New Times, San Luis Obispo, CA
New Times - San Luis Obispo, CA

Space, Sprawl, and SOAR

Just as predictable as the gray whales migrate along the California coast each year and our State’s radiant poppies grace local landscapes every Spring, so too is the predictability that SLO County residents will once again be called on to protect their environment. SLO County now stands at the edge of a pivotal juncture in determining the future of San Luis Obispo County. And just as surely as there are those who willingly accept monetary gain in exchange for selling their city’s "Green Belts," there are also others who energetically oppose them doing so.

Sadly at the heels of many other cities and counties (Fresno, San Fernando Valley, Orange County, San Jose, Bakersfield, etc.), San Luis Obispo is following behind their bulldozer tractor tracks. And for many, the forecast is scary. Numerous proposals for developing the Central Coast have alarmed residents. Rejected and approved proposals have ranged from the Los Osos' Monarch Grove, Hearst’s North Coast, Woodlands in Nipomo, and Santa Margarita Ranch to the SLO Airport Expansion, Wal-Mart in Arroyo Grande, Eagle Hardware (Home Depot), Spanish Oaks Resort & Golf, and Dalidio. These projects and proposals are enough to make "SLO County slow growthers," environmentalists, and other conservationists shake in their gardening clogs. Fortunately for SLO County, however, hope exists. The majority of registered voters in three other notable counties have set rather modest, but yet unprecedented examples of how to affect the urban sprawl process. Their solution is modeled after a cornerstone of our democracy: take it to the people for voters’ approval.

SOAR (Save Open space Agricultural Resources) is a set of ballot initiatives aimed, not at either stopping growth or fostering it, but instead aimed at merely ensuring the peoples’ chance to vote on growth in their community. Portland, OR, Napa, CA and Ventura, CA all experienced the growing pains of honoring "attractive city" titles. Various forms of SOAR initiatives were used to preserve their city’s reputation by restricting developers and speculators from excessively capitalizing on their precious green belts. Robert Jones writes in the Los Angeles Times Nov. 98, "The experiences of Portland, Napa, and [Ventura] suggest that [Soar] will work. Portland, Napa, and [Ventura] have not suffered as a result of their decisions to control sprawl. In fact, Napa has maintained its status as a premier tourist destination. And Portland has experienced robust growth with in its core." Ventura County League of Women Voters also announced that [SOAR] is the most effective way to stop urban sprawl because it empowers voters. Ventura voters approved SOAR in 1998 by a wide margin.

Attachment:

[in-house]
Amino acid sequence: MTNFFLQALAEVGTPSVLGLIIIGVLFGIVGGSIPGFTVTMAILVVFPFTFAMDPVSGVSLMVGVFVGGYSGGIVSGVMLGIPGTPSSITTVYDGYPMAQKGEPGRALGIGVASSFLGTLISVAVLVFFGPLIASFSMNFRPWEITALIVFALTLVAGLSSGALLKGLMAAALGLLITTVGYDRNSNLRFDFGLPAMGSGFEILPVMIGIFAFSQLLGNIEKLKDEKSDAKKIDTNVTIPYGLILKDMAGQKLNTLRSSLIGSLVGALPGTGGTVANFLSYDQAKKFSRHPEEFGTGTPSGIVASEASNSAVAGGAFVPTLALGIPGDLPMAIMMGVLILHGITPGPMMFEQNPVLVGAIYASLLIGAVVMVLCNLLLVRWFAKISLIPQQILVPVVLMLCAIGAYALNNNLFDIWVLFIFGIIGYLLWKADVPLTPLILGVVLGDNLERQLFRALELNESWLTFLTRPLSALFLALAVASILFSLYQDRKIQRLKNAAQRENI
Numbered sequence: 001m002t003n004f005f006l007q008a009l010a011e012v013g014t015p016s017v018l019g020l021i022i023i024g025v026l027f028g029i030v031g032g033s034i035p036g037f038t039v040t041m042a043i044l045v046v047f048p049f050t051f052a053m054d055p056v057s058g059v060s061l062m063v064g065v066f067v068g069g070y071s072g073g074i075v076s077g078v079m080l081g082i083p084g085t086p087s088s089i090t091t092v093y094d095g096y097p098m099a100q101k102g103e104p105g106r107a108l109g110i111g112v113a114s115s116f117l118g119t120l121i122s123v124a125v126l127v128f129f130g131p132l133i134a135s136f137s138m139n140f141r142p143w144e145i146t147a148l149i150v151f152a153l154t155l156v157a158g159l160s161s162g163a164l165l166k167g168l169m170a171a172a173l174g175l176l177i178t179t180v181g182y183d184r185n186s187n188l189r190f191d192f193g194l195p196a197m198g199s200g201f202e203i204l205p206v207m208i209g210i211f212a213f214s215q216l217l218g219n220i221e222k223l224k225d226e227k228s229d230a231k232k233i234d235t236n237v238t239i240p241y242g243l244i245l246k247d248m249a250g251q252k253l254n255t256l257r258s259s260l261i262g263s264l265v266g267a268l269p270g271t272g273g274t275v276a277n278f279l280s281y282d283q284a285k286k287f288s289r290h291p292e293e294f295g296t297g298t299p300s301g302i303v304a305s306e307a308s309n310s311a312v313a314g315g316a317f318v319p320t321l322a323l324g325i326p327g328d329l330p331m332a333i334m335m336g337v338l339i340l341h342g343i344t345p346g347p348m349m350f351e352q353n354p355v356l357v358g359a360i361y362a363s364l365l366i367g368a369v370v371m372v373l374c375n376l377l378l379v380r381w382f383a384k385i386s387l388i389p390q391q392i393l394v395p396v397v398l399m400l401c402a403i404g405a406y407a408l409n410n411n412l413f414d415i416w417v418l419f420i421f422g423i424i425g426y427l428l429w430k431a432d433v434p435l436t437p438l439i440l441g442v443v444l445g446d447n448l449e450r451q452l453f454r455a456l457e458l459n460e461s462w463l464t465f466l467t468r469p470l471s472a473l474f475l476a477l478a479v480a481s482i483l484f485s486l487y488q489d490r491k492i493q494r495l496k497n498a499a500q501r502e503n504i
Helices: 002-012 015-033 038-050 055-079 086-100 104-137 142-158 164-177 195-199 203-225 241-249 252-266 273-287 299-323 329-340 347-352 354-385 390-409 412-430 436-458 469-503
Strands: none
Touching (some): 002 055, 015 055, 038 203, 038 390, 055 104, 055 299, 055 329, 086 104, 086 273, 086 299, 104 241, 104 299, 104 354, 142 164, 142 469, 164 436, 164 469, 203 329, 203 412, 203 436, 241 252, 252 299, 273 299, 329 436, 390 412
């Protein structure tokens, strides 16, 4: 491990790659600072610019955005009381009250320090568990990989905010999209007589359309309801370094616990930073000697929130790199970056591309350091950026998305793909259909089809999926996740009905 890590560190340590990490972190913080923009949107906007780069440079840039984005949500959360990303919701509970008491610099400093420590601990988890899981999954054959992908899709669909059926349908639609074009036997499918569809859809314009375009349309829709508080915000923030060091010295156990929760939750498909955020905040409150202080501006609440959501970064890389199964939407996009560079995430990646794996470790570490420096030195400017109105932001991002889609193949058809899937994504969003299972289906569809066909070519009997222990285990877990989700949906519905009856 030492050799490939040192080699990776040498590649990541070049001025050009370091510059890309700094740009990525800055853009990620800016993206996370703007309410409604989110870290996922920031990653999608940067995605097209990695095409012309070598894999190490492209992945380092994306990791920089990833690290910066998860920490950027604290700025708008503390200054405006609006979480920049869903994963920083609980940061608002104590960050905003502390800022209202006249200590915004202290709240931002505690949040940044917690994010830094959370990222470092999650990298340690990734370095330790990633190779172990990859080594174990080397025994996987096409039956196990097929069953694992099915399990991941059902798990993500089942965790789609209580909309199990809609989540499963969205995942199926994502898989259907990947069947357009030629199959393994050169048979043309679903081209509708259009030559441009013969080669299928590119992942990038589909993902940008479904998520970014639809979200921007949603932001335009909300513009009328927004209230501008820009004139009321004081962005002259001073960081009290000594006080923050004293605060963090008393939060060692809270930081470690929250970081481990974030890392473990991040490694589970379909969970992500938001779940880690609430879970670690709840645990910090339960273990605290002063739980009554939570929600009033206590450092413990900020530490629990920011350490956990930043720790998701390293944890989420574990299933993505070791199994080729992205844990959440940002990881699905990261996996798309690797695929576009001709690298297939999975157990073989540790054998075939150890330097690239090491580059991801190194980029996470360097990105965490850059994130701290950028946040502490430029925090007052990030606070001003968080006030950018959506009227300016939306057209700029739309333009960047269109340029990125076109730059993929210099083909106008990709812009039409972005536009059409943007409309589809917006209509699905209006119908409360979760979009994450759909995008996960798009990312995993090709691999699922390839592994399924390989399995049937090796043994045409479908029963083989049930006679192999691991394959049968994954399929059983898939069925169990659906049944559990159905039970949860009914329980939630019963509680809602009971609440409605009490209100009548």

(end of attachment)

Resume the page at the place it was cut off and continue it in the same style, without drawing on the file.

What is SOAR? SOAR is a set of proposed ballot initiatives that allow voters the opportunity to prevent their precious agricultural and open space lands from being overrun by urban sprawl. The county SOAR initiative will protect those lands already zoned Agriculture, Open Space, Rural Lands, or Residential Rural by requiring voter approval to rezone these lands for development or urban use. The California Supreme Court has upheld SOAR. The power to control zoning shifts from a few city and county officials to the residents whom they serve. SOAR doesn't apply to schools, parks, or public facilities nor does it change zoning of any lands without voter approval. SOAR affirms property rights landowners already have. The currently proposed initiative will remain in place for 30 years, until December 31, 2030. In short, SOAR allows voters a chance to substantiate their concerns about urban sprawl.